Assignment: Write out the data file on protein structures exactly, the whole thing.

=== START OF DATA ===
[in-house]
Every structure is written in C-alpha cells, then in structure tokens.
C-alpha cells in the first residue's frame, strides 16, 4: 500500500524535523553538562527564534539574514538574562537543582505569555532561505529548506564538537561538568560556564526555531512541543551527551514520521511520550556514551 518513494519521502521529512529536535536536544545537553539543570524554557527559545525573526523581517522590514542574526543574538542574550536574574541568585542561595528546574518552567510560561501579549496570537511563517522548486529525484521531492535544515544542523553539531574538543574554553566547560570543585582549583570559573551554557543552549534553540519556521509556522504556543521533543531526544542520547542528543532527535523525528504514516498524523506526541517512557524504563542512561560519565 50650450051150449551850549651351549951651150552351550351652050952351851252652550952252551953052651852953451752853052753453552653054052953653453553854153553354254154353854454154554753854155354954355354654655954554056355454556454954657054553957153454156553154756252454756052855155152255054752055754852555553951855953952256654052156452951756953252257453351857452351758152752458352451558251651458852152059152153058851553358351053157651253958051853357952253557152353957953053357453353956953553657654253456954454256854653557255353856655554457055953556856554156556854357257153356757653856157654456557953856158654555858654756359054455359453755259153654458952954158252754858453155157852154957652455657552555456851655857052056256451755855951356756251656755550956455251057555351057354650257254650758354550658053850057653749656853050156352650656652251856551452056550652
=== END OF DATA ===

[in-house]
Every structure is written in C-alpha cells, then in structure tokens.
C-alpha cells in the first residue's frame, strides 16, 4: 500500500524535523553538562527564534539574514538574562537543582505569555532561505529548506564538537561538568560556564526555531512541543551527551514520521511520550556514551 518513494519521502521529512529536535536536544545537553539543570524554557527559545525573526523581517522590514542574526543574538542574550536574574541568585542561595528546574518552567510560561501579549496570537511563517522548486529525484521531492535544515544542523553539531574538543574554553566547560570543585582549583570559573551554557543552549534553540519556521509556522504556543521533543531526544542520547542528543532527535523525528504514516498524523506526541517512557524504563542512561560519565 50650450051150449551850549651351549951651150552351550351652050952351851252652550952252551953052651852953451752853052753453552653054052953653453553854153553354254154353854454154554753854155354954355354654655954554056355454556454954657054553957153454156553154756252454756052855155152255054752055754852555553951855953952256654052156452951756953252257453351857452351758152752458352451558251651458852152059152153058851553358351053157651253958051853357952253557152353957953053357453353956953553657654253456954454256854653557255353856655554457055953556856554156556854357257153356757653856157654456557953856158654555858654756359054455359453755259153654458952954158252754858453155157852154957652455657552555456851655857052056256451755855951356756251656755550956455251057555351057354650257254650758354550658053850057653749656853050156352650656652251856551452056550652